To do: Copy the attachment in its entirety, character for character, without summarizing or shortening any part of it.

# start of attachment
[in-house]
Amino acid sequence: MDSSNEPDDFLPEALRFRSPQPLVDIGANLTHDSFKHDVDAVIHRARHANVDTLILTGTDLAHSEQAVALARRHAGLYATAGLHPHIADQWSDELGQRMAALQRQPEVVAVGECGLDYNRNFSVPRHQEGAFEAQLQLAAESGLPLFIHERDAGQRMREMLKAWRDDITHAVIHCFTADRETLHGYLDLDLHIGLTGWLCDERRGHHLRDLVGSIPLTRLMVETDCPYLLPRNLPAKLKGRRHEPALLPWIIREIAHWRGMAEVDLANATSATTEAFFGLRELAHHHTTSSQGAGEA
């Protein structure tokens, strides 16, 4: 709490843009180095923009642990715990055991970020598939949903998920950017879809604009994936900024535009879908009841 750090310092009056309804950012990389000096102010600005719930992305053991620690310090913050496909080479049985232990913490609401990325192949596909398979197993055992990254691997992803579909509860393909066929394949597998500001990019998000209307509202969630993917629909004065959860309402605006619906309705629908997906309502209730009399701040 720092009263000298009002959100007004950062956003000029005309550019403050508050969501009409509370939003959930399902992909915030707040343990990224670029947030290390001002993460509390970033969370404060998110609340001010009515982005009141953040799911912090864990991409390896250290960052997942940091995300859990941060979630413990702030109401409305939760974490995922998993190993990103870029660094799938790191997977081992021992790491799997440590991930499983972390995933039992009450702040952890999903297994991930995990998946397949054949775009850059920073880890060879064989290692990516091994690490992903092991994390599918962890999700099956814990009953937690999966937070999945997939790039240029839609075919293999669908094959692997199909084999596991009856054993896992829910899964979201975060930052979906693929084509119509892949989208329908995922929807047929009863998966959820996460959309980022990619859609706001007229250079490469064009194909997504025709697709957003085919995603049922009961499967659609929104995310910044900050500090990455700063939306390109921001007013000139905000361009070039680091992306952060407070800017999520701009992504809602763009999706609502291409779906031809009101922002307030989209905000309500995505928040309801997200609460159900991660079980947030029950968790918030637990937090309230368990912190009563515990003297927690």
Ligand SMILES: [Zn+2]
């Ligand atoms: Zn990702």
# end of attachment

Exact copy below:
[in-house]
Amino acid sequence: MDSSNEPDDFLPEALRFRSPQPLVDIGANLTHDSFKHDVDAVIHRARHANVDTLILTGTDLAHSEQAVALARRHAGLYATAGLHPHIADQWSDELGQRMAALQRQPEVVAVGECGLDYNRNFSVPRHQEGAFEAQLQLAAESGLPLFIHERDAGQRMREMLKAWRDDITHAVIHCFTADRETLHGYLDLDLHIGLTGWLCDERRGHHLRDLVGSIPLTRLMVETDCPYLLPRNLPAKLKGRRHEPALLPWIIREIAHWRGMAEVDLANATSATTEAFFGLRELAHHHTTSSQGAGEA
């Protein structure tokens, strides 16, 4: 709490843009180095923009642990715990055991970020598939949903998920950017879809604009994936900024535009879908009841 750090310092009056309804950012990389000096102010600005719930992305053991620690310090913050496909080479049985232990913490609401990325192949596909398979197993055992990254691997992803579909509860393909066929394949597998500001990019998000209307509202969630993917629909004065959860309402605006619906309705629908997906309502209730009399701040 720092009263000298009002959100007004950062956003000029005309550019403050508050969501009409509370939003959930399902992909915030707040343990990224670029947030290390001002993460509390970033969370404060998110609340001010009515982005009141953040799911912090864990991409390896250290960052997942940091995300859990941060979630413990702030109401409305939760974490995922998993190993990103870029660094799938790191997977081992021992790491799997440590991930499983972390995933039992009450702040952890999903297994991930995990998946397949054949775009850059920073880890060879064989290692990516091994690490992903092991994390599918962890999700099956814990009953937690999966937070999945997939790039240029839609075919293999669908094959692997199909084999596991009856054993896992829910899964979201975060930052979906693929084509119509892949989208329908995922929807047929009863998966959820996460959309980022990619859609706001007229250079490469064009194909997504025709697709957003085919995603049922009961499967659609929104995310910044900050500090990455700063939306390109921001007013000139905000361009070039680091992306952060407070800017999520701009992504809602763009999706609502291409779906031809009101922002307030989209905000309500995505928040309801997200609460159900991660079980947030029950968790918030637990937090309230368990912190009563515990003297927690």
Ligand SMILES: [Zn+2]
């Ligand atoms: Zn990702």